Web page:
This section demonstrates the accuracy, the computation speed and the memory requirements of spherical harmonic analysis and synthesis of point data values. Applied is the Gauss–Legendre quadrature, which offers the best performance. All tests were executed on a PC with the Intel(R) Core(TM) i7-6800K CPU @ 3.40GHz and 128 GBs of RAM. CHarm was compiled using GCC with --enable-openmp, --enable-avx2 and CFLAGS="-O3 -ffast-math" installation flags. All 6 CPU cores were employed with hyperthreading enabled. Polar optimization was disabled unless explicitly stated otherwise.

The benchmarks can be executed by make bench after running ./configure and make. The outputs from the benchmark program (the accuracy and wall-clock times) can be plotted by a Python script inside the bench folder (requires numpy and matplotlib). The memory requirements can be plotted by the script that can be found inside the same directory.


The benchmark program may require up 56 GBs of RAM! Do not execute it if you do not have that much RAM available. Alternatively, modify the nmax_all array inside ./bench/bench.c.


We generated reference random spherical harmonic coefficients from the interval [-1.0, 1.0] up to degree N, then synthesized the signal up to degree N, and, finally, harmonically analyzed the signal up to the same N degree. Below are plotted the following statistics obtained from the differences between the recovered and the reference coefficients:

  • \(\varepsilon_{\max} = \max_{n,m}|\bar{Q}_{nm} - \bar{Q}^{(\mathrm{ref})}_{nm}|\),

  • \(\varepsilon_\mathrm{rms} = \sqrt{\frac{2}{(N + 1) (N + 2)} \, \sum_{n,m} \left(\bar{Q}_{nm} - \bar{Q}^{(\mathrm{ref})}_{nm} \right)^2}\).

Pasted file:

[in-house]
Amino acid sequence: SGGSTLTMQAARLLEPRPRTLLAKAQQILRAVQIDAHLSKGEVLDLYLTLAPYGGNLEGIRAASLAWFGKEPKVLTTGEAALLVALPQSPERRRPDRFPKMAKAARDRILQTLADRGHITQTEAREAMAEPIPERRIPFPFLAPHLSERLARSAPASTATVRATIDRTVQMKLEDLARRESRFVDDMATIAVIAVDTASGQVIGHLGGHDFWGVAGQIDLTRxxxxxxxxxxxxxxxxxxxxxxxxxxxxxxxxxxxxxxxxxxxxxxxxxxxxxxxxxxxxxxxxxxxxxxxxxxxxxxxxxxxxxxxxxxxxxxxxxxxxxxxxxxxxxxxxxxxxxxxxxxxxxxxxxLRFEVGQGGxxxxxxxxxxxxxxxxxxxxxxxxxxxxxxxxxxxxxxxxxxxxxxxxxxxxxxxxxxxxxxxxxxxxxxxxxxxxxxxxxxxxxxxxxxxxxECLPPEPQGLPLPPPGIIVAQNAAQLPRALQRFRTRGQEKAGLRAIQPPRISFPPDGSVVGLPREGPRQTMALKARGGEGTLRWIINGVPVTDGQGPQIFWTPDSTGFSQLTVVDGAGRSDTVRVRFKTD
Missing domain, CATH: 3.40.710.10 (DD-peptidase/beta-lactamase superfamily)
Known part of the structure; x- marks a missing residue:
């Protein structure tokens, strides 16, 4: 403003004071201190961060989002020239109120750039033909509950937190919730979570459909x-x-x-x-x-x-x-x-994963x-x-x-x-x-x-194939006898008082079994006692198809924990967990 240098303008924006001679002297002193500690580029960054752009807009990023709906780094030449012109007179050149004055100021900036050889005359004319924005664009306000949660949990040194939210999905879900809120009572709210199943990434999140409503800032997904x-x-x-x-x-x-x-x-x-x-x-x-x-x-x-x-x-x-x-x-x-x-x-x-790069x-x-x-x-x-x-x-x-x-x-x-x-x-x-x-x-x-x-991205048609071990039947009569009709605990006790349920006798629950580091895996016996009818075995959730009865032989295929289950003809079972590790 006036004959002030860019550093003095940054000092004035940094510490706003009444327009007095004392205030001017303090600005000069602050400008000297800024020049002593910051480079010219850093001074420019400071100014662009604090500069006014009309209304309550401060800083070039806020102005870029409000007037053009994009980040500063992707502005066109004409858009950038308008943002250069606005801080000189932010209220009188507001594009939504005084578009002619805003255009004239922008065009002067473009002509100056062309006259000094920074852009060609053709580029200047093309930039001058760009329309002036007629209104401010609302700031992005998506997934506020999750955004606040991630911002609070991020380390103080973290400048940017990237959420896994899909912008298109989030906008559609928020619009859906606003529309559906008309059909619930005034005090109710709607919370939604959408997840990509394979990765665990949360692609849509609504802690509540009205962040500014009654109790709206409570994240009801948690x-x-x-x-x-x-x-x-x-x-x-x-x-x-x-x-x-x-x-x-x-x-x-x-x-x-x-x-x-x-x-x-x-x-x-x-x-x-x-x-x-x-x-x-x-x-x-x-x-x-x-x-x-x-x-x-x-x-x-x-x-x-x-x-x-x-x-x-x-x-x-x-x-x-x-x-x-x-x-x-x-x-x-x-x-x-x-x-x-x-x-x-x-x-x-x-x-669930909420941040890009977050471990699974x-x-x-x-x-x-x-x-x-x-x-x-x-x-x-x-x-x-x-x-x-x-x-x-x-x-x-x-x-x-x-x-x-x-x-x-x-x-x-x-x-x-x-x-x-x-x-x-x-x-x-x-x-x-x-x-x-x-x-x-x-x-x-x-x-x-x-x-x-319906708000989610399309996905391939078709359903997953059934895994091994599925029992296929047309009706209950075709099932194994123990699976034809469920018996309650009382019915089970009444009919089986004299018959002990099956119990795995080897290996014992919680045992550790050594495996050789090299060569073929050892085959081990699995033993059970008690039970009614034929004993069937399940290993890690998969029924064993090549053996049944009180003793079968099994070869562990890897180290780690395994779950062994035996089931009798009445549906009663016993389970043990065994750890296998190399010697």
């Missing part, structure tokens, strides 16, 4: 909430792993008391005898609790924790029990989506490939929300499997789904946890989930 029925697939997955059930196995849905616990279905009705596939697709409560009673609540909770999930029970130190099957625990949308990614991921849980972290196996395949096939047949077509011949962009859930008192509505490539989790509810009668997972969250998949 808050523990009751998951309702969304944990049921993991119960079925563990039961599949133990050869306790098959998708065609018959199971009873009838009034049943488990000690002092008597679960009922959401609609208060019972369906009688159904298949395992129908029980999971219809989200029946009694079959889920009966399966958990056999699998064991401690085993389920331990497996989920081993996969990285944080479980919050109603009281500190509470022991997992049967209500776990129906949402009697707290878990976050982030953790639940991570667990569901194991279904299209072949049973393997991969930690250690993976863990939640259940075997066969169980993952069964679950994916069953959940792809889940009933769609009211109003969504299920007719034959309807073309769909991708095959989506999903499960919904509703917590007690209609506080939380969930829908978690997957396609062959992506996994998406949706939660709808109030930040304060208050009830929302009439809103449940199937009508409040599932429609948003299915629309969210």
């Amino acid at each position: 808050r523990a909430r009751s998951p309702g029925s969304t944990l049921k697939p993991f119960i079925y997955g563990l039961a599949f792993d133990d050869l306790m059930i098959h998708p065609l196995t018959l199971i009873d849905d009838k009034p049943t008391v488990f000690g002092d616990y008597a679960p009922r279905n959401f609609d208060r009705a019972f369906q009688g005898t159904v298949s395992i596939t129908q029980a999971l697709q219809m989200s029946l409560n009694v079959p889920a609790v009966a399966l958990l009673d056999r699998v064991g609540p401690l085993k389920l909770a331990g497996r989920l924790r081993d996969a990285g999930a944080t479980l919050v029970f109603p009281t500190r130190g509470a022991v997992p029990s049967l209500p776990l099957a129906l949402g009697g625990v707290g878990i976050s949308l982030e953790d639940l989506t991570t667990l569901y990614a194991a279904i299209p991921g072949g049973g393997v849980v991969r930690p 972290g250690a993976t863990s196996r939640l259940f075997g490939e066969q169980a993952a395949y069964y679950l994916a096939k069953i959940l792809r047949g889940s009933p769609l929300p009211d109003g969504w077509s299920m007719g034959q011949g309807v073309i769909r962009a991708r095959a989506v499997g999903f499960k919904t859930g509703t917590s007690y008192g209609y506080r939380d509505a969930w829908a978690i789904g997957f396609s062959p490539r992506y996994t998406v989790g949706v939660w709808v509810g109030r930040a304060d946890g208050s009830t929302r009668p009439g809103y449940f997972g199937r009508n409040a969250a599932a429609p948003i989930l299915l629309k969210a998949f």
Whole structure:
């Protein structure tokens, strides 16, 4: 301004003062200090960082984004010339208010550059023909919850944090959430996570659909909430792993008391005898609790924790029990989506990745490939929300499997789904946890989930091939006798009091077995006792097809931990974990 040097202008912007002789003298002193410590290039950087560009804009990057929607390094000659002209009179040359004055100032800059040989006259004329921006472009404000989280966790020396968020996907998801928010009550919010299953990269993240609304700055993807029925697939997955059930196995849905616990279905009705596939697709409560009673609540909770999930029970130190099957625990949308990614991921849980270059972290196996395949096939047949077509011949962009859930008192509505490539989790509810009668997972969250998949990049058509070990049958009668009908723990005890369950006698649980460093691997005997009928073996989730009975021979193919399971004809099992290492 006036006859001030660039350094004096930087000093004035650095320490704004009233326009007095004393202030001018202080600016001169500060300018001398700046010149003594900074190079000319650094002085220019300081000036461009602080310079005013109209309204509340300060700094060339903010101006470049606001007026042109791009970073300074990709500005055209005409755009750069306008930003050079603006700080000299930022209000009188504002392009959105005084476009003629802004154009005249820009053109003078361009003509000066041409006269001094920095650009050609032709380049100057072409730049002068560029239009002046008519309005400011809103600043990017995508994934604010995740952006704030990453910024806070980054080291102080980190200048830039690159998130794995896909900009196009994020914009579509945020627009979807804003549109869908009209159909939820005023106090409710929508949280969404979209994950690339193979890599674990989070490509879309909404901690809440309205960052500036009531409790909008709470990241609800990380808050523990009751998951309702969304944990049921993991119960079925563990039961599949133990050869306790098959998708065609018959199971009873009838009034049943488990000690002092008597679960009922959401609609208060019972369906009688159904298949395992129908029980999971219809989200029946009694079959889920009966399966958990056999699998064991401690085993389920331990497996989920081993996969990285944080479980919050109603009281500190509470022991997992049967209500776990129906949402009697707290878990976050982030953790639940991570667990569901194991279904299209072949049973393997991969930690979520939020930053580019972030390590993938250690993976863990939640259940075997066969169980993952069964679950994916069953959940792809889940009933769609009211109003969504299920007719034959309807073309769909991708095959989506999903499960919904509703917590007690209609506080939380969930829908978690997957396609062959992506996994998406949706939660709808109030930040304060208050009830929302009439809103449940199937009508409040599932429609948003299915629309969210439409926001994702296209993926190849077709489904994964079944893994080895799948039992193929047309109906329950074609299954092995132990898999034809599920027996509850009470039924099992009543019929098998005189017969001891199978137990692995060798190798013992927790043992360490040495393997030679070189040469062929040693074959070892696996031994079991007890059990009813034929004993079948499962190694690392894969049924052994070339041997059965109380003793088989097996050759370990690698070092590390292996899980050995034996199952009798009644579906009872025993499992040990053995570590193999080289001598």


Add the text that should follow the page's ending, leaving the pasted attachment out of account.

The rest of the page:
Single precision#

In single precision, the tests are conducted up to N = 7200 only. Somewhere beyond that degree, it becomes difficult to compute the nodes of the Gauss–Legendre quadrature without an overflow in single precision. The Driscoll–Healy quadrature could be used as an alternative, but this would produce heterogeneous tests.


Double precision#

Polar optimization disabled (default).


Polar optimization enabled (charm_glob_polar_optimization_a1 = 100, charm_glob_polar_optimization_a2 = 0.01). Comparing this figure and the previous one, it is seen that even though the polar optimization introduces approximations to spherical harmonic transforms, the numerical accuracy is the same. The small differences between the two figures are caused by the fact that a new set of random spherical harmonic coefficients was generated in both experiments.


Quadruple precision#



The figures that follow plot the wall-clock times needed to perform spherical harmonic synthesis and analysis in the experiments from the Accuracy section.

Single precision#


Double precision#

Polar optimization disabled (default).


With the polar optimization enabled (charm_glob_polar_optimization_a1 = 100, charm_glob_polar_optimization_a2 = 0.01), the performance improved almost by 40 percent (depending on the maximum degree), while the accuracy remained the same (see Accuracy). More aggressive polar optimization can further improve the performance, but, after some critical point, only at the cost of deteriorated accuracy.


Quadruple precision#



The next figure shows theoretical memory requirements for spherical harmonic analysis/synthesis of point data values sampled at the Gauss–Legendre grid. The values were computed for single, double and quadruple precision as (GBs)

\[\left((N + 1) \, (2 \, N + 2) + (N + 1)^2 \right) \, \frac{B}{1024^3}{,}\]


  • \(N\) is the maximum harmonic degree, which determines the size of arrays to store the input data grid, \((N + 1) \, (2 \, N + 2)\), and the spherical harmonic coefficients, \({\sim}(N + 1)^2\), and

  • \(B\) is the number of bytes needed to store a single float, double or __float128 floating point value (here assumed 4, 8 and 16 Bytes, respectively).

Although these are theoretical requirements, they model the reality very well, as all the remaining arrays are significantly smaller.